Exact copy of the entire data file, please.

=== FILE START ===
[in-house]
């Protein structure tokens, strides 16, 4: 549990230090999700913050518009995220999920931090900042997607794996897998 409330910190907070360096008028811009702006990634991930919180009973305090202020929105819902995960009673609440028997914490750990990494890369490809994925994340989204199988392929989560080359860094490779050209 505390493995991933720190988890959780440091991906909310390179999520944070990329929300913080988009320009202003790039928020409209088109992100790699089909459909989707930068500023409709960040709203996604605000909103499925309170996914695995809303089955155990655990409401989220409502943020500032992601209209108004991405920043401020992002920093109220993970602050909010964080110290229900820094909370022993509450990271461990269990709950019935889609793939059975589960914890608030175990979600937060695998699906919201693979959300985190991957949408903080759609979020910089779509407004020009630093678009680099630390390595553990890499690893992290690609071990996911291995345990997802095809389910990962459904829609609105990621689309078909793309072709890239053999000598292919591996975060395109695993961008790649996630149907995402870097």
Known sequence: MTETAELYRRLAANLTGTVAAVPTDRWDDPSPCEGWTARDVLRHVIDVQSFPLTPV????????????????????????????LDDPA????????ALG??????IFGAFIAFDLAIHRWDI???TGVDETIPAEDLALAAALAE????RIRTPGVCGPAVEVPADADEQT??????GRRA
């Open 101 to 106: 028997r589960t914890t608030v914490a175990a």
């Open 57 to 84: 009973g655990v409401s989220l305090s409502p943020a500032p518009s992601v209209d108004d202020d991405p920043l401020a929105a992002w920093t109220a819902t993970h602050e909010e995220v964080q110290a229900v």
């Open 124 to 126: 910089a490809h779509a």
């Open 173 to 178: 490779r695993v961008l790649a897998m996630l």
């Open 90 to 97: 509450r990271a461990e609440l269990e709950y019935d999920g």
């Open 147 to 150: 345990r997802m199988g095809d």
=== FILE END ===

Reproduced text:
[in-house]
């Protein structure tokens, strides 16, 4: 549990230090999700913050518009995220999920931090900042997607794996897998 409330910190907070360096008028811009702006990634991930919180009973305090202020929105819902995960009673609440028997914490750990990494890369490809994925994340989204199988392929989560080359860094490779050209 505390493995991933720190988890959780440091991906909310390179999520944070990329929300913080988009320009202003790039928020409209088109992100790699089909459909989707930068500023409709960040709203996604605000909103499925309170996914695995809303089955155990655990409401989220409502943020500032992601209209108004991405920043401020992002920093109220993970602050909010964080110290229900820094909370022993509450990271461990269990709950019935889609793939059975589960914890608030175990979600937060695998699906919201693979959300985190991957949408903080759609979020910089779509407004020009630093678009680099630390390595553990890499690893992290690609071990996911291995345990997802095809389910990962459904829609609105990621689309078909793309072709890239053999000598292919591996975060395109695993961008790649996630149907995402870097």
Known sequence: MTETAELYRRLAANLTGTVAAVPTDRWDDPSPCEGWTARDVLRHVIDVQSFPLTPV????????????????????????????LDDPA????????ALG??????IFGAFIAFDLAIHRWDI???TGVDETIPAEDLALAAALAE????RIRTPGVCGPAVEVPADADEQT??????GRRA
């Open 101 to 106: 028997r589960t914890t608030v914490a175990a």
């Open 57 to 84: 009973g655990v409401s989220l305090s409502p943020a500032p518009s992601v209209d108004d202020d991405p920043l401020a929105a992002w920093t109220a819902t993970h602050e909010e995220v964080q110290a229900v």
């Open 124 to 126: 910089a490809h779509a």
């Open 173 to 178: 490779r695993v961008l790649a897998m996630l």
């Open 90 to 97: 509450r990271a461990e609440l269990e709950y019935d999920g």
């Open 147 to 150: 345990r997802m199988g095809d």